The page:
These are drugs that are made from the hormones in the body that normally stimulate the gonads – the ovaries and the testes4. They can be extracted by genetic modification and urine. If you tried taking the fertility drug Clomid but your body didn’t respond to it, a doctor might prescribe gonadotropins. This drug will also help men who have a hormonal imbalance that causes a low sperm count or poor sperm quality or motility. So, if your doctor says that the fertility problems might be affected by the poor sperm quality of your partner, you can encourage him to take this fertility drug as well.
The pregnancy rate of gonadotropins with timed intercourse is 15 percent per cycle. If you get pregnant you will have a 30 percent chance of conceiving multiples. Gonadotropins are usually used for women with polycystic ovary syndrome who have not responded to other drugs – or women who are undergoing IVF5.
The gonadotropins, such as follicle stimulating hormone and luteinizing hormone, tell your ovaries to release the egg that they have just developed. The LH will stimulate the follicle to release the egg and the HCG will ensure that the follicle is in the right condition to release progesterone and maintain a pregnancy.
This drug isn’t usually considered a fertility drug – it was originally intended to treat postmenopausal women with breast cancer. The drug is called Femara and it is similar to Clomid – it helps to stimulate ovulation. It is particularly helpful for women with PCOS. The drug is approved for breast cancer treatment but it is also very popular for helping with ovulation stimulation6.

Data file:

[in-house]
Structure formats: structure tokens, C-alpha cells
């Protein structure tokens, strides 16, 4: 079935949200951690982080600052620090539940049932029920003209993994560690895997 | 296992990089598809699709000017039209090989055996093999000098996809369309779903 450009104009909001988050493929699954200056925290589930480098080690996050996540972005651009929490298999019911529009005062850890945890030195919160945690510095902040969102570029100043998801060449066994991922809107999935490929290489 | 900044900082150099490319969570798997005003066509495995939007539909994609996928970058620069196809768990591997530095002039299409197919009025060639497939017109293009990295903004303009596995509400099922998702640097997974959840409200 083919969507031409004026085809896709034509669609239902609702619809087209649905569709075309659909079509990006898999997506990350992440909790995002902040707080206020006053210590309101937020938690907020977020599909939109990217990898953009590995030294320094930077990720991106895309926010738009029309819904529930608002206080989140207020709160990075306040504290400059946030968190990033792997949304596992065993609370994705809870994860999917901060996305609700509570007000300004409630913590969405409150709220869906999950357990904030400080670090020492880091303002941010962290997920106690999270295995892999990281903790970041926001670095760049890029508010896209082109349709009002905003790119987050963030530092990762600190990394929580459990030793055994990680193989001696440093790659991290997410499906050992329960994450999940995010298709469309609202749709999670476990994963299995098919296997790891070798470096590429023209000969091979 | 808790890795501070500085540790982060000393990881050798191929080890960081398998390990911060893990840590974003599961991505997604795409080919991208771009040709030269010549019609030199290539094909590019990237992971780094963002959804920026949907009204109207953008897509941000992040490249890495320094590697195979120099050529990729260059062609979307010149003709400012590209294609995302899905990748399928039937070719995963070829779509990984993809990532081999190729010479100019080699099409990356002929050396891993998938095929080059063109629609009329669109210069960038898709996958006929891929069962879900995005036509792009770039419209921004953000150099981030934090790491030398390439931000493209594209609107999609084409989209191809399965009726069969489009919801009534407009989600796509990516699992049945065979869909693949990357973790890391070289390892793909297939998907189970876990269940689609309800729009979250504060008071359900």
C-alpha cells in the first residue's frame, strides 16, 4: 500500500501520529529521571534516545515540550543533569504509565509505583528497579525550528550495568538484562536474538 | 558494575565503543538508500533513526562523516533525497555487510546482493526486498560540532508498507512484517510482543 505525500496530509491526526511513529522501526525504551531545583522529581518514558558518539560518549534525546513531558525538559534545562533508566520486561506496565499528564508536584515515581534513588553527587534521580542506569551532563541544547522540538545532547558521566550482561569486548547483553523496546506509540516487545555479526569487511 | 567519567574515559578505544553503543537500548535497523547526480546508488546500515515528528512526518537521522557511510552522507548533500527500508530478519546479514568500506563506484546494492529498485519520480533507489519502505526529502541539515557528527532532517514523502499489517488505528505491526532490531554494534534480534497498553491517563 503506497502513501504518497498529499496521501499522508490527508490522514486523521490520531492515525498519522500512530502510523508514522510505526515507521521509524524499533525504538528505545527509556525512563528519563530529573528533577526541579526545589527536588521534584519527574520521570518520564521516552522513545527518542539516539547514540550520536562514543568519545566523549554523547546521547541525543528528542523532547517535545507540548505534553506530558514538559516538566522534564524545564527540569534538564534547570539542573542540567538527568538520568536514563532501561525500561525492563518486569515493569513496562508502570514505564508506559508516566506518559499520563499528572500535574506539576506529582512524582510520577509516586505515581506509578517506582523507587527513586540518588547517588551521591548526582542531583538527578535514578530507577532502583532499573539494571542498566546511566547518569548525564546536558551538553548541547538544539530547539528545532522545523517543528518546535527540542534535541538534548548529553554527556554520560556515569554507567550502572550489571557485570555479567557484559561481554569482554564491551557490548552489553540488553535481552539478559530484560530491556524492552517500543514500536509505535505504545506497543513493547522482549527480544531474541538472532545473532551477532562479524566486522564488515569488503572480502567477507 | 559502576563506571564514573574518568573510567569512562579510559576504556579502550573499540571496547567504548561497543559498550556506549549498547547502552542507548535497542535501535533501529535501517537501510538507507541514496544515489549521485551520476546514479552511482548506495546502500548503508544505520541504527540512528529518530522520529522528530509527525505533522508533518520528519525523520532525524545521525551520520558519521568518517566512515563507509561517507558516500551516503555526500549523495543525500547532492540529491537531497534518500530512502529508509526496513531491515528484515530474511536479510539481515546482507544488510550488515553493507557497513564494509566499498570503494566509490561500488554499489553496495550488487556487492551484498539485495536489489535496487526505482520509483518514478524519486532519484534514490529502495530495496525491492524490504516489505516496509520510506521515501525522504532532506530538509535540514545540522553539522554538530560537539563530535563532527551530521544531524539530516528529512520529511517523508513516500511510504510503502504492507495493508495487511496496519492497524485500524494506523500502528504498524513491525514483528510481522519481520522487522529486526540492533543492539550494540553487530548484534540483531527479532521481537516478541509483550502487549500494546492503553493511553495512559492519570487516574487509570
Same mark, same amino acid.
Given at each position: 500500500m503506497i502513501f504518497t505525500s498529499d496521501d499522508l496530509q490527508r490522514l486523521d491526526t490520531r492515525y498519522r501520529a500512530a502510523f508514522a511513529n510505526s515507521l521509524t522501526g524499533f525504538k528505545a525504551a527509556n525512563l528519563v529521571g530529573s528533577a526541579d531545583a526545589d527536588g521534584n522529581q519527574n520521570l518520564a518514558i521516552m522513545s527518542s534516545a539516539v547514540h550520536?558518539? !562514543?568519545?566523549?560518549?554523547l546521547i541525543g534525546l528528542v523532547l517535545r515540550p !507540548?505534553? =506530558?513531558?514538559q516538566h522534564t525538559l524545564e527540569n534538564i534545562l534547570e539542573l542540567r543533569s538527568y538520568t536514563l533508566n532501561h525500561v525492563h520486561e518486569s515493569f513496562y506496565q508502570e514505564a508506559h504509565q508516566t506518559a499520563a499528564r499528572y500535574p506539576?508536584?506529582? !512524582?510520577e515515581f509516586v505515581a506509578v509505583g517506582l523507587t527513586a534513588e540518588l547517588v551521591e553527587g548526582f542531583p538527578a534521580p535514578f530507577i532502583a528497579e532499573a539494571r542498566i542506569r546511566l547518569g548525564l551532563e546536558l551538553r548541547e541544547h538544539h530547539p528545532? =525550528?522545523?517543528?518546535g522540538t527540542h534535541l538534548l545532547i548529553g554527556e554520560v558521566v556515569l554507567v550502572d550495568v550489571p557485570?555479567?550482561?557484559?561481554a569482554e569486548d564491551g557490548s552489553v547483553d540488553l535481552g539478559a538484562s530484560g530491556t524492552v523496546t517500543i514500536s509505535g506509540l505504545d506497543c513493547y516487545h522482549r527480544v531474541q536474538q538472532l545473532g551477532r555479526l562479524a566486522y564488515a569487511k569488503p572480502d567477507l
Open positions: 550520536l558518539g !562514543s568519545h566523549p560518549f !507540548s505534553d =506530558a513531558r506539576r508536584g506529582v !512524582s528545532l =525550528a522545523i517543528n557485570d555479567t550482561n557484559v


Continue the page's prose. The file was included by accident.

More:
However, a study in Canada in 2005 found that babies born after Femara use had a 3 times higher risk of birth defects. This study isn’t the most reliable source though, because many have called it inconclusive and flawed7. However, this drug still isn’t prescribed as often. It is considered a second choice and it is usually only given by doctors when Clomid isn’t working.
This is a fertility drug that is used to correct a hormonal imbalance, which is a condition that can prevent your ovaries from releasing an egg every month. If you have too much of the hormone prolactin in your body, you can benefit from taking bromocriptine. Too much prolactin will reduce the levels of the hormone oestrogen. This can cause problems and make it more difficult to conceive a baby.
This drug might be beneficial for you if you have too much of the hormone prolactin in your body. This will reduce the levels of oestrogen and cause problems with ovulation, which will make it difficult to get pregnant.
You can take bromocriptine as tablets that you swallow, or capsules that you insert into your vagina. The common brand name for this drug is Parlodel. If you think that it might be the best option for you, talk to your doctor about the risks and side effects and whether or not it would be right for your needs8.
This drug is another option and it will act like follicle stimulating hormone. It will help cause the ovaries to produce eggs and it is usually used in combination with another hormone for the release and growth of a mature egg.
This drug is somewhat unique, as it is extracted and purified from the urine of women who are post-menopausal. It is an injectable drug and when it is used it will require close monitoring by a doctor. You will need to undergo frequent sonogram and blood tests during the treatment. It is also a very pricey drug, so if you have a small budget it might not be a good option for you9.